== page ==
The Public Prosecution office in Mansoura, Egypt, renewed the preventive detention of Egyptian researcher and activist Patrick George Zaki on February 22 in an ongoing investigation into several charges brought against the 27-year-old. He remains in custody for another 15 days facing allegations of spreading false news, inciting demonstrations against the state, and managing a social media account to disturb public order and harm national security.
“A bad and cruel decision,” Riccardo Noury, spokesman for Amnesty International in Italy, commented to ANSA on the public prosecutor’s decision, “that will not stop the mobilization to ask for his release”. The day before the crucial hearing, he warned that renewal of detention would open “the worst-case scenario,” alluding to the infamous tendency of Egyptian authorities to re-order the detention period before trial indefinitely.
Under Egyptian law, pre-trial detention can be used if the defendant has no permanent address or is unlikely to appear for trial, is perceived as posing a threat to national security, or the evidence may be tampered with or destroyed. None of which applies to Zaki, as Amnesty Italy’s spokesman noted, stressing that there is no possibility of polluting evidence or changing the course of investigations in his particular case.
Despite being a preventative and exceptional measure, the use of prolonged pre-trial detention has become common practice in Egypt since President Abdel Fattah al-Sisi came to power in a military coup in July 2013.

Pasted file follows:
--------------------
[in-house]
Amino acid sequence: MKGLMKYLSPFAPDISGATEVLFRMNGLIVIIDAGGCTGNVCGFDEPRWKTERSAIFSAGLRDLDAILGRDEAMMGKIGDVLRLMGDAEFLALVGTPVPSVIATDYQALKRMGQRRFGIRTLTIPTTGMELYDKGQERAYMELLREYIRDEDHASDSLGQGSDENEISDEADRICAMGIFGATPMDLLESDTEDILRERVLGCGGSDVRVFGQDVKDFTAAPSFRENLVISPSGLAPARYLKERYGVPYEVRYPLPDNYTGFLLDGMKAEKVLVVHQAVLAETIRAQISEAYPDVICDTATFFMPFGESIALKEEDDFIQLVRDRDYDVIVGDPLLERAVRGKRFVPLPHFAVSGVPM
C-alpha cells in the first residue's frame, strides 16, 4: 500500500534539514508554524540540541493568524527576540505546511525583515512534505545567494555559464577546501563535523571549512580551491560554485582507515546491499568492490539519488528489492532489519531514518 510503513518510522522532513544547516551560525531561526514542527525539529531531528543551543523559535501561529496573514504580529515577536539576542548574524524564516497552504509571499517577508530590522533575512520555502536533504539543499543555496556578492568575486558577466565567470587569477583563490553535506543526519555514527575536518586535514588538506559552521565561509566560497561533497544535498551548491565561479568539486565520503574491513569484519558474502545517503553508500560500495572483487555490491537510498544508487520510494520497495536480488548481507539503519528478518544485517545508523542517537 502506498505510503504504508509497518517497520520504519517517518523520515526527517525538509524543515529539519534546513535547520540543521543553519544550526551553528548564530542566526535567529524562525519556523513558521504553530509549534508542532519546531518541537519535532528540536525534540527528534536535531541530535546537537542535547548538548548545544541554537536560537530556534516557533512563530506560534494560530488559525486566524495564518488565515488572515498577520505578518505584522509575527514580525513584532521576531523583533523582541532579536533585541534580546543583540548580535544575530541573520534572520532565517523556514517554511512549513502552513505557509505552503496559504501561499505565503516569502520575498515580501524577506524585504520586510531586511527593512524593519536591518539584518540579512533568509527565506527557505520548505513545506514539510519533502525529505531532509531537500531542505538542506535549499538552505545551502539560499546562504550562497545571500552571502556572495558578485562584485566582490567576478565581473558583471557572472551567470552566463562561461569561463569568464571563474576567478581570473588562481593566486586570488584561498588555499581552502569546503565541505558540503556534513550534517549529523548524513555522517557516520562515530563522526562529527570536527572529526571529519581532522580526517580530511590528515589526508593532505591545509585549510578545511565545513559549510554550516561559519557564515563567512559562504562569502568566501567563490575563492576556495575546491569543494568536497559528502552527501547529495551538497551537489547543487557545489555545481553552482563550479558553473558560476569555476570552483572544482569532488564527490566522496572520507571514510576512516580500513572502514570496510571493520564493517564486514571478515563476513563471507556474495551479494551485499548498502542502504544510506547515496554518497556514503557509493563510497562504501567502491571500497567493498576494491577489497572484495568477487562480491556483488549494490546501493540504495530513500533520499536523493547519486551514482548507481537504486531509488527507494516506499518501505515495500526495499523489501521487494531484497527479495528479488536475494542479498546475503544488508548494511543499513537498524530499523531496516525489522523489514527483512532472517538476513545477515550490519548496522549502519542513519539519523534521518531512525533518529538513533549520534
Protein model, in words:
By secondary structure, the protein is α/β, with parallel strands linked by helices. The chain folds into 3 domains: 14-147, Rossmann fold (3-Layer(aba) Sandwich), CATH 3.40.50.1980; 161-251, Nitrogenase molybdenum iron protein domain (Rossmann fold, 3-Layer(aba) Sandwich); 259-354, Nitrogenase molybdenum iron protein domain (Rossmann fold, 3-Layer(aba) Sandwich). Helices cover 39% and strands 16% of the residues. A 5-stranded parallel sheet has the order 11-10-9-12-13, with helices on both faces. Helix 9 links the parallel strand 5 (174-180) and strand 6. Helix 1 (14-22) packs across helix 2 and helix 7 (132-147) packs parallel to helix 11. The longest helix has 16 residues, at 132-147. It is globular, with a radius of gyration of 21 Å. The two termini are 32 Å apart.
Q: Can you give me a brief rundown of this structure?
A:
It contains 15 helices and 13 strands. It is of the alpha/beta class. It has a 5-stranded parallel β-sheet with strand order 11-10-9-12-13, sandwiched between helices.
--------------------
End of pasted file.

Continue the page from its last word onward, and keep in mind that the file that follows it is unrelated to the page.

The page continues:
Despite being a preventative and exceptional measure, the use of prolonged pre-trial detention has become common practice in Egypt since President Abdel Fattah al-Sisi came to power in a military coup in July 2013. Today, the judiciary is using it as a tool of political repression to silence any form of dissent.
“It was an expected decision. Egyptian justice never fails to live up to our apprehensions,” Antonella Napoli, chief editor of Focus on Africa, wrote in her analysis following the detention renewal session.
Police arrested Zaki, a graduate student at the University of Bologna in Italy, at Cairo airport on February 7 as he was on his way home to visit family. His lawyers said the young Egyptian had disappeared for 24 hours and suffered beatings and electric shocks during interrogations about his work and activism before appearing at the Mansoura prosecution office the day after his arrest.